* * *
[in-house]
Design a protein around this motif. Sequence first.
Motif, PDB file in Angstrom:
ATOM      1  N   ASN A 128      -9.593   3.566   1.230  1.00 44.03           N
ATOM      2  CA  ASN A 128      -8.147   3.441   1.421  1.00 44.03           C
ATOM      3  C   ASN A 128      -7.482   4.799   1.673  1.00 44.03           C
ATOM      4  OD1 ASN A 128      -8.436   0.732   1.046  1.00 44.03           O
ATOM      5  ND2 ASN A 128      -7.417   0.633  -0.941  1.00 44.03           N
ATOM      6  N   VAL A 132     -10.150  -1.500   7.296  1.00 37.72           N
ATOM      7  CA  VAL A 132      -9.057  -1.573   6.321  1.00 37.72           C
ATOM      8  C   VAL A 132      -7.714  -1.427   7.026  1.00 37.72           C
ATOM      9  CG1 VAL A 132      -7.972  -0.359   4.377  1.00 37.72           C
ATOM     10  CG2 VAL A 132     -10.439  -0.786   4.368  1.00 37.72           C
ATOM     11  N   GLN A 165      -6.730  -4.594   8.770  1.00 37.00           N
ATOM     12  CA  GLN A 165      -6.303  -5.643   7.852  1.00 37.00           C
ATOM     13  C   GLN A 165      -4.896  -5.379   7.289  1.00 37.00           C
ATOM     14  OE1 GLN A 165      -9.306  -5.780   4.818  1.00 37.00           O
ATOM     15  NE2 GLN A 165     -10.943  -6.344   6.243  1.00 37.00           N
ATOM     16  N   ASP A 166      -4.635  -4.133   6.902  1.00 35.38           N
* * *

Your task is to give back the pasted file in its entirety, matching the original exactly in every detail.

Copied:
[in-house]
Design a protein around this motif. Sequence first.
Motif, PDB file in Angstrom:
ATOM      1  N   ASN A 128      -9.593   3.566   1.230  1.00 44.03           N
ATOM      2  CA  ASN A 128      -8.147   3.441   1.421  1.00 44.03           C
ATOM      3  C   ASN A 128      -7.482   4.799   1.673  1.00 44.03           C
ATOM      4  OD1 ASN A 128      -8.436   0.732   1.046  1.00 44.03           O
ATOM      5  ND2 ASN A 128      -7.417   0.633  -0.941  1.00 44.03           N
ATOM      6  N   VAL A 132     -10.150  -1.500   7.296  1.00 37.72           N
ATOM      7  CA  VAL A 132      -9.057  -1.573   6.321  1.00 37.72           C
ATOM      8  C   VAL A 132      -7.714  -1.427   7.026  1.00 37.72           C
ATOM      9  CG1 VAL A 132      -7.972  -0.359   4.377  1.00 37.72           C
ATOM     10  CG2 VAL A 132     -10.439  -0.786   4.368  1.00 37.72           C
ATOM     11  N   GLN A 165      -6.730  -4.594   8.770  1.00 37.00           N
ATOM     12  CA  GLN A 165      -6.303  -5.643   7.852  1.00 37.00           C
ATOM     13  C   GLN A 165      -4.896  -5.379   7.289  1.00 37.00           C
ATOM     14  OE1 GLN A 165      -9.306  -5.780   4.818  1.00 37.00           O
ATOM     15  NE2 GLN A 165     -10.943  -6.344   6.243  1.00 37.00           N
ATOM     16  N   ASP A 166      -4.635  -4.133   6.902  1.00 35.38           N